Once upon a time there was a King who had three sons. The two eldest were lazy, good-for-nothing young men, but the third son, whose name was Charming, was a delightful youth, who was loved by everybody (outside his family) who knew him. Whenever he rode through the town the people used to stop whatever work they were engaged upon and wave their caps and cry “Hurrah for Prince Charming!”–and even after he had passed they would continue to stop work, in case he might be coming back the same way, when they would wave their caps and cry “Hurrah for Prince Charming!” again. It was wonderful how fond of him they were.
But alas! his father the King was not so fond. He preferred his eldest son; which was funny of him, because he must have known that only the third and youngest son is ever any good in a family. Indeed, the King himself had been a third son, so he had really no excuse for ignorance on the point. I am afraid the truth was that he was jealous of Charming, because the latter was so popular outside his family.
Now there lived in the Palace an old woman called Countess Caramel, who had been governess to Charming when he was young. When the Queen lay dying the Countess had promised her that she would look after her youngest boy for her, and Charming had often confided in Caramel since. One morning, when his family had been particularly rude to him at breakfast, Charming said to her:
“Countess, I have made up my mind, and I am going into the world to seek my fortune.”
“I have been waiting for this,” said the Countess. “Here is a magic ring. Wear it always on your little finger, and whenever you want help turn it round once and help will come.”
Charming thanked her and put the ring on his finger. Then he turned it round once just to make sure that it worked. Immediately the oddest little dwarf appeared in front of him.
“Speak and I will obey,” said the dwarf.
Now Charming didn’t want anything at all just then, so after thinking for a moment he said, “Go away!”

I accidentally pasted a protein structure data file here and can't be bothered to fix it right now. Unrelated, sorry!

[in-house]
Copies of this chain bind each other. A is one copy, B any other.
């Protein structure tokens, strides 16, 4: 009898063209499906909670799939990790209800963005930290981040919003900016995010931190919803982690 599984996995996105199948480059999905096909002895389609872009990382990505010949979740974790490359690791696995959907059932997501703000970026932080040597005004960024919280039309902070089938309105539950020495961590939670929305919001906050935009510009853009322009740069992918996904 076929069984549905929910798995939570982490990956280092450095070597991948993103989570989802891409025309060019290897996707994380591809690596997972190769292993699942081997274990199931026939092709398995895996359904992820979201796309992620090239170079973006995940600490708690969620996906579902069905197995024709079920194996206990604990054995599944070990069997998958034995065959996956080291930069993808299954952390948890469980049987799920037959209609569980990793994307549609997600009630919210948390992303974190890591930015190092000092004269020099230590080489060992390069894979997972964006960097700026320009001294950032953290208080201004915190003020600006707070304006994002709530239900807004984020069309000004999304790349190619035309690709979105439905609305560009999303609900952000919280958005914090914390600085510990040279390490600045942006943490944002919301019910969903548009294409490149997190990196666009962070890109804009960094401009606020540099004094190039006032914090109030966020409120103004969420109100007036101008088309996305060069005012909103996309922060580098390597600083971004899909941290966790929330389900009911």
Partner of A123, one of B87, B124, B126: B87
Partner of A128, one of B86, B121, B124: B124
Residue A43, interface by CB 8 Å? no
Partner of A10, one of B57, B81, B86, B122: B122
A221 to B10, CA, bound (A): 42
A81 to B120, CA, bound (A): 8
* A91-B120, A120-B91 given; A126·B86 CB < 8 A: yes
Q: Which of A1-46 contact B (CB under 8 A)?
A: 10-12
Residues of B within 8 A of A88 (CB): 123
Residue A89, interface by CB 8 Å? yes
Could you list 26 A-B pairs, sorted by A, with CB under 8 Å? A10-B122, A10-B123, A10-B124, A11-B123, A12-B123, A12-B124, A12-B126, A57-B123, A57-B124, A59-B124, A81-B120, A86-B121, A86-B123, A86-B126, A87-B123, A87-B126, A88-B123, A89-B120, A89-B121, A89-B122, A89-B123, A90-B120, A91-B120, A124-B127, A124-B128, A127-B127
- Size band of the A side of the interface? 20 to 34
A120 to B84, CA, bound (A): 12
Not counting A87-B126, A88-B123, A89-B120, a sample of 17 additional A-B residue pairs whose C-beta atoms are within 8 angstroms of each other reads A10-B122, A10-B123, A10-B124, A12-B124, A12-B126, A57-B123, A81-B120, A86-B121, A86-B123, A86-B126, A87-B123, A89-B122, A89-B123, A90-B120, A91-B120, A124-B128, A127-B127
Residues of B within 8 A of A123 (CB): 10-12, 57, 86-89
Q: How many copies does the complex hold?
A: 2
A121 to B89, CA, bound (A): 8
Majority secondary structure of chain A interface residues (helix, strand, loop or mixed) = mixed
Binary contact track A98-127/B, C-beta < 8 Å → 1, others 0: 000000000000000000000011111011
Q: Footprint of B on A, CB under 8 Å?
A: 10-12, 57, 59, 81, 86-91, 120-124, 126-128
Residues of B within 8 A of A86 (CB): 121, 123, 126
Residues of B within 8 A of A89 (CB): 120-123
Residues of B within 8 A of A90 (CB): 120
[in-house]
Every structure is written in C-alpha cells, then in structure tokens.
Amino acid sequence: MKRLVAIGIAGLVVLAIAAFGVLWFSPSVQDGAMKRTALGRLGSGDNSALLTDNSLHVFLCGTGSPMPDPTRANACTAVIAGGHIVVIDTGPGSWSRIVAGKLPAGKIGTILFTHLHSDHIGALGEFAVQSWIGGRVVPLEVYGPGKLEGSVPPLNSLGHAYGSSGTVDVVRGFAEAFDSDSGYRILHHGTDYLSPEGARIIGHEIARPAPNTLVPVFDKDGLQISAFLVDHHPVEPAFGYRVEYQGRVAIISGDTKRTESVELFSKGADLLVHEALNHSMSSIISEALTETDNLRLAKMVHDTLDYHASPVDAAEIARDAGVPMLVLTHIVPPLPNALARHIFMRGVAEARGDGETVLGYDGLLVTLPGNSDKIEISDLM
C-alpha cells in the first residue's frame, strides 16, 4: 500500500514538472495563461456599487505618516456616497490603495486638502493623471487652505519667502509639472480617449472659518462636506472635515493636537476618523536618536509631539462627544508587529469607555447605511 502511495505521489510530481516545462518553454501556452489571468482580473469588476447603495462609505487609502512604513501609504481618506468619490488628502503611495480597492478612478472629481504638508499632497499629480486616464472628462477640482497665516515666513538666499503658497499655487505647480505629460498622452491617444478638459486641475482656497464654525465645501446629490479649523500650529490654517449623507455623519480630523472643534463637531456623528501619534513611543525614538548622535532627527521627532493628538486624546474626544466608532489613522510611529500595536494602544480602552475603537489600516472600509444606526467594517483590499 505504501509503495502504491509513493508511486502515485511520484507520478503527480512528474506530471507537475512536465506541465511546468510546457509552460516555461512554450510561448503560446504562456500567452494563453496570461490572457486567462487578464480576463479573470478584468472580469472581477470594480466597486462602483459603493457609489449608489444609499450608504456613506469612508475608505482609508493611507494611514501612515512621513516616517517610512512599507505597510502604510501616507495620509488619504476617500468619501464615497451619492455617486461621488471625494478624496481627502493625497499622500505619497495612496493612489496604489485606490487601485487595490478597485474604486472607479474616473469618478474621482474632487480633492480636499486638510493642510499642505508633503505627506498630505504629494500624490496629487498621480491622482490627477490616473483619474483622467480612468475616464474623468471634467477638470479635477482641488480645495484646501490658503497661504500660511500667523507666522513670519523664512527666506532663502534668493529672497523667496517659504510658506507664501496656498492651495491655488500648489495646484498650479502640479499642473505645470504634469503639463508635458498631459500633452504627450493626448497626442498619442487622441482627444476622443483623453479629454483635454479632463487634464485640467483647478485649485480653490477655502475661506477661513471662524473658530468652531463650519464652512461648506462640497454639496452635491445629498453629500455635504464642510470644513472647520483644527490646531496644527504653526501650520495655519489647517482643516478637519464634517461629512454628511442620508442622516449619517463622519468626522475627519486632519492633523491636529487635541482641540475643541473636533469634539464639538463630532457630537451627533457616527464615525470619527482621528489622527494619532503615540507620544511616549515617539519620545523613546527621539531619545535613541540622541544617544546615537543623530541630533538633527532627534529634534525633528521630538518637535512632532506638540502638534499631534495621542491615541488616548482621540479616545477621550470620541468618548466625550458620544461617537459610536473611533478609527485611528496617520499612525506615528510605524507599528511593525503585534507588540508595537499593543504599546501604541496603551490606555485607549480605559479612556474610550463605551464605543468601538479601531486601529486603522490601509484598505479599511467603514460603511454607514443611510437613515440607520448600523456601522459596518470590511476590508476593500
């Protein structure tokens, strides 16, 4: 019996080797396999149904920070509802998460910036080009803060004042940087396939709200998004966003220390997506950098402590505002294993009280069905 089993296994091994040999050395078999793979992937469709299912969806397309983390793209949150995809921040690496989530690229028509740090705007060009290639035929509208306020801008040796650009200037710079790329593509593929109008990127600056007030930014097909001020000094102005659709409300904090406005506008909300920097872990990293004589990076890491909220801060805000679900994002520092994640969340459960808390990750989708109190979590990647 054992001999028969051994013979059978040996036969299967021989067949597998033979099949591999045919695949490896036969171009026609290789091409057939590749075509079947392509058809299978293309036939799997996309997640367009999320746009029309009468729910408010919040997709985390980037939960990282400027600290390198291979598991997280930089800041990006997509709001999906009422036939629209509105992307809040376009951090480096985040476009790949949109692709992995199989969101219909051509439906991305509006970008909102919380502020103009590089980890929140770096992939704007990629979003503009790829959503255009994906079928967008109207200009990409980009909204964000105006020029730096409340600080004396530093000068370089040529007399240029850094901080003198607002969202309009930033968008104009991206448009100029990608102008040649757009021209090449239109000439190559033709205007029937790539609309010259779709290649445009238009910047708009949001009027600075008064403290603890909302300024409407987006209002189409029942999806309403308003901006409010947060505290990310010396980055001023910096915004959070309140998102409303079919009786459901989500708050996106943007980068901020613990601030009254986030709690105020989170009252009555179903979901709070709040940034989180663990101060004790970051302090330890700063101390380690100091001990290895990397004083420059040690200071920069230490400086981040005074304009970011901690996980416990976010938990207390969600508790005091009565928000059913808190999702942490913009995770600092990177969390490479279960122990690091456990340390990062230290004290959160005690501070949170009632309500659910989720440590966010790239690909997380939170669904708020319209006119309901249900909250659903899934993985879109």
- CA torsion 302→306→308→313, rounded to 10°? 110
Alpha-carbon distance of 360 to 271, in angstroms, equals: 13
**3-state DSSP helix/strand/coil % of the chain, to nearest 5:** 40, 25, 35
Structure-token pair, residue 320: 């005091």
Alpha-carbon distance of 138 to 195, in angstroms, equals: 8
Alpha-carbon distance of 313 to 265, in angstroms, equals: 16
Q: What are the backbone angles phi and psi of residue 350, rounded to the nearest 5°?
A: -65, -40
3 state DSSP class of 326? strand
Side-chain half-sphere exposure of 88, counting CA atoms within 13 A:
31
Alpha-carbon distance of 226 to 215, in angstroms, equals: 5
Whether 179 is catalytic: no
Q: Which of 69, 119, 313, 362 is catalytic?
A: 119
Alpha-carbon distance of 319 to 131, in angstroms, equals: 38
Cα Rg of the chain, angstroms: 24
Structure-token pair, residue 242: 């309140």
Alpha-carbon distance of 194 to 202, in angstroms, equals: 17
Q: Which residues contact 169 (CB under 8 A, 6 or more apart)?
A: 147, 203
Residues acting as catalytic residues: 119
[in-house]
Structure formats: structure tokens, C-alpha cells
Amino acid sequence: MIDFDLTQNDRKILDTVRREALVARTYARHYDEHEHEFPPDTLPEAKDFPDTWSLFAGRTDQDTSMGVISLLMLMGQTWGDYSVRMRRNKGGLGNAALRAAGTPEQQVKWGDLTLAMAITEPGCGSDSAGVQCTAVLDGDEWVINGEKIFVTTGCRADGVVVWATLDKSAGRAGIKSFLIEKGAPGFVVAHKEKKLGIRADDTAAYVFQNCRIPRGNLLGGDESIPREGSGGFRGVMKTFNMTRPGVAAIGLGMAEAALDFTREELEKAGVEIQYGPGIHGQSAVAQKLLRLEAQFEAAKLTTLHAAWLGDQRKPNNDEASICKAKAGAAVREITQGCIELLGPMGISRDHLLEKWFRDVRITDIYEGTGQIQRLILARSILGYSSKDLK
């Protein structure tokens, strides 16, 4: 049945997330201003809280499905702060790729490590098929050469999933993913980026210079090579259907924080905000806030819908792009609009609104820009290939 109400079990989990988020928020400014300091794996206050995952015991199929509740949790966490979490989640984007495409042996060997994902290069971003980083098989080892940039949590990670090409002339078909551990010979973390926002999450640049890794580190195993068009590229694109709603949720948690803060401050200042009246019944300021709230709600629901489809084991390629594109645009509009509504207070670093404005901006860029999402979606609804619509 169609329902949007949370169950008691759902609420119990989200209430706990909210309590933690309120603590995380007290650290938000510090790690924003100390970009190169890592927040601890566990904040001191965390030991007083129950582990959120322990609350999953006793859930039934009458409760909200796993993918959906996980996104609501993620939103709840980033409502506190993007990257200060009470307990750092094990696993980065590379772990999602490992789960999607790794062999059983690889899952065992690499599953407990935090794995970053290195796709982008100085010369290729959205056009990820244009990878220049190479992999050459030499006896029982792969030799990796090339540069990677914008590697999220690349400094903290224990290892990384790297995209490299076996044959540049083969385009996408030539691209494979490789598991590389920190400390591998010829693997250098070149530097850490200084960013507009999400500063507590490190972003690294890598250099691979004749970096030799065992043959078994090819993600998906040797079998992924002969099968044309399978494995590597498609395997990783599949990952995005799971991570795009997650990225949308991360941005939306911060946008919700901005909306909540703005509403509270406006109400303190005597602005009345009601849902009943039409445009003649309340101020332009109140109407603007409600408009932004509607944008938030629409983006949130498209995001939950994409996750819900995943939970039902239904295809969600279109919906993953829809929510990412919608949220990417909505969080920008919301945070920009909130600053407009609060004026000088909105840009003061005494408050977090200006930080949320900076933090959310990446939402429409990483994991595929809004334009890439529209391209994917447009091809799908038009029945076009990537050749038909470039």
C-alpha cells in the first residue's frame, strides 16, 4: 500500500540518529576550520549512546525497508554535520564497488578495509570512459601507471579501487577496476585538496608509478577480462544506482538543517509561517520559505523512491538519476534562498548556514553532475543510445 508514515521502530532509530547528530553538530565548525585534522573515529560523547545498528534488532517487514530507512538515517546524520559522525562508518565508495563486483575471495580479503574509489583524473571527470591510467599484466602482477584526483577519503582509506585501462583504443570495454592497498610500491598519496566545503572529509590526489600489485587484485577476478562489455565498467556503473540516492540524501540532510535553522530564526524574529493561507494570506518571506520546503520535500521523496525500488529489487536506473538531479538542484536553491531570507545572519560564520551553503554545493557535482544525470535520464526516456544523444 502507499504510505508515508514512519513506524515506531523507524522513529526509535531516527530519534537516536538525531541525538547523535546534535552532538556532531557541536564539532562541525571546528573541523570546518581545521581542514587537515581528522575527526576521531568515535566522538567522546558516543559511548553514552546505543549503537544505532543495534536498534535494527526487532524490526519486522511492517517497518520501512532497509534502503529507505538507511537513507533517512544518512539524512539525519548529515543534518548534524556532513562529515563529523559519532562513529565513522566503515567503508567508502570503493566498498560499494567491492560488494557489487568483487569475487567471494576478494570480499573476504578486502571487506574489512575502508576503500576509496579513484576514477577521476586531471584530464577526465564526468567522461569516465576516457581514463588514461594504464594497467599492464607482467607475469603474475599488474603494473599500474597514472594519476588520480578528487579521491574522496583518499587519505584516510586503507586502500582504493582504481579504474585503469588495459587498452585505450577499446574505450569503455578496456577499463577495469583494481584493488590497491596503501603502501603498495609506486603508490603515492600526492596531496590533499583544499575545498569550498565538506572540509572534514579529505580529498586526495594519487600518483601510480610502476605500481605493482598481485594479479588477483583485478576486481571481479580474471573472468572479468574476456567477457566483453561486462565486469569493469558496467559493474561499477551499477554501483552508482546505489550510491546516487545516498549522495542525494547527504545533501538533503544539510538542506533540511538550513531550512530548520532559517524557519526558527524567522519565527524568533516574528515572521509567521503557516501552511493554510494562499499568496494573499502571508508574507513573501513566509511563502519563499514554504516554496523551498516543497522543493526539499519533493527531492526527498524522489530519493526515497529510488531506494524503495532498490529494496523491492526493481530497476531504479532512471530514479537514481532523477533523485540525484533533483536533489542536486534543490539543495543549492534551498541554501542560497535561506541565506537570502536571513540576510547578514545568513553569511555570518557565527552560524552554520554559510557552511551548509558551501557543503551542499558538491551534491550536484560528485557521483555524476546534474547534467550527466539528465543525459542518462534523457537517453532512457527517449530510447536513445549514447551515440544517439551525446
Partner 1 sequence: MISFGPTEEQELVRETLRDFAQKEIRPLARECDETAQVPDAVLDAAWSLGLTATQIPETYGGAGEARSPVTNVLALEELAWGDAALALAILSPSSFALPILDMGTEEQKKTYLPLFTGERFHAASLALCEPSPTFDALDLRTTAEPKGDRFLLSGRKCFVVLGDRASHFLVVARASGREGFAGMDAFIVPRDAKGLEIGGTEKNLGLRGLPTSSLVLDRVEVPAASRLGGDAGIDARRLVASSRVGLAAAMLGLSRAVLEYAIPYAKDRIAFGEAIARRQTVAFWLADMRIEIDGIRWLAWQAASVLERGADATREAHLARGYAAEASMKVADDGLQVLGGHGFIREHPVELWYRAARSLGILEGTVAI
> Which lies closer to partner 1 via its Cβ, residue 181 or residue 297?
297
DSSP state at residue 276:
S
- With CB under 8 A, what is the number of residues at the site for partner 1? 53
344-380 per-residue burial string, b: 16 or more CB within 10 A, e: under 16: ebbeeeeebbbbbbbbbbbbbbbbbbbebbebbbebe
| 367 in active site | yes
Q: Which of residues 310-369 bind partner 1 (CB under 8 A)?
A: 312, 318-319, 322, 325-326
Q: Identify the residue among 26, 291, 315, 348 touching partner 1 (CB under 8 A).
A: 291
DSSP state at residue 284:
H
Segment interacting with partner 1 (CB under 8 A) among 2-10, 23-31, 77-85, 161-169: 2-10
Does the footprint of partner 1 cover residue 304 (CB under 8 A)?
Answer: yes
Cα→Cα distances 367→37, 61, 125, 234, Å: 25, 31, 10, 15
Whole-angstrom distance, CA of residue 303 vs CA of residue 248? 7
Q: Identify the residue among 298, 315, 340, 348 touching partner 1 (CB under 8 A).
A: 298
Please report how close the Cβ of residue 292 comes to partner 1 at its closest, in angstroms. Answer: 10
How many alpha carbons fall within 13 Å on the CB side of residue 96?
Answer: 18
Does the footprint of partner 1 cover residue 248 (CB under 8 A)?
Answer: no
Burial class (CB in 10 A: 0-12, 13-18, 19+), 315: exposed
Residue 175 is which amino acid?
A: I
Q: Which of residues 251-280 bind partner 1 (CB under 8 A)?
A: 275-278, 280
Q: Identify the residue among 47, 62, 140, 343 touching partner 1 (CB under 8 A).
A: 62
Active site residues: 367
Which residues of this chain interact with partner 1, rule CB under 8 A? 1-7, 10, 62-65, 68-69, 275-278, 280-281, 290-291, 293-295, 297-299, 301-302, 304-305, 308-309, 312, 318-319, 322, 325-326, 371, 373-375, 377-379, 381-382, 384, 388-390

The dwarf, a little surprised, disappeared.
“This is splendid,” thought Charming, and he started on his travels with a light heart.
The sun was at its highest as he came to a thick wood, and in its shade he lay down to rest. He was awakened by the sound of weeping. Rising hastily to his feet he peered through the trees, and there, fifty yards away from him, by the side of a stream sat the most beautiful damsel he had ever seen, wringing her hands and sobbing bitterly. Prince Charming, grieving at the sight of beauty in such distress, coughed and came nearer,
“Princess,” he said tenderly, for he knew she must be a Princess, “you are in trouble. How can I help you?”
“Fair Sir,” she answered, “I had thought to be alone. But, since you are here, you can help me if you will. I have a–a brother–“
But Charming did not want to talk about brothers. He sat down on a fallen log beside her, and looked at her entranced.
“I think you are the most lovely lady in all the world,” he said.
“Am I?” said the Princess, whose name, by the way, was Beauty.
She looked away from him and there was silence between them. Charming, a little at a loss, fidgeted nervously with his ring, and began to speak again.
“Ever since I have known you–“
“You are in need of help?” said the dwarf, appearing suddenly.
“Certainly not,” said Charming angrily. “Not in the least. I can manage this quite well by myself.”
“Speak, and I will obey.”
“Then go away,” said Charming; and the dwarf, who was beginning to lose his grip of things, again disappeared.
The Princess, having politely pretended to be looking for something while this was going on, turned to him again.
“Come with me,” she said, “and I will show you how you can help me.”
She took him by the hand and led him down a narrow glade to a little clearing in the middle of the wood. Then she made him sit down beside her on the grass, and there she told him her tale.
“There is a giant called Blunderbus,” she said, “who lives in a great castle ten miles from here. He is a terrible magician, and years ago because I would not marry him he turned my–my brother into a–I don’t know how to tell you–into a–a tortoise.” She put her hands to her face and sobbed again.
“Why a tortoise?” said Charming, knowing that sympathy was useless, but feeling that he ought to say SOMETHING.
“I don’t know. He just thought of it. It–it isn’t a very nice thing to be.”
“And why should he turn your BROTHER into it? I mean, if he had turned YOU into a tortoise–Of course,” he went on hurriedly, “I’m very glad he didn’t.”
“Thank you,” said Beauty.
“But I don’t understand why–“
“He knew he could hurt me more by making my brother a tortoise than by making me one,” she explained, and looked at him anxiously.
This was a new idea to Charming, who had two brothers of his own; and he looked at her in some surprise.
“Oh, what does it matter WHY he did it?” she cried as he was about to speak. “Why do giants do things? I don’t know.”
“Princess,” said Charming remorsefully, and kissed her hand, “tell me how I can help you.”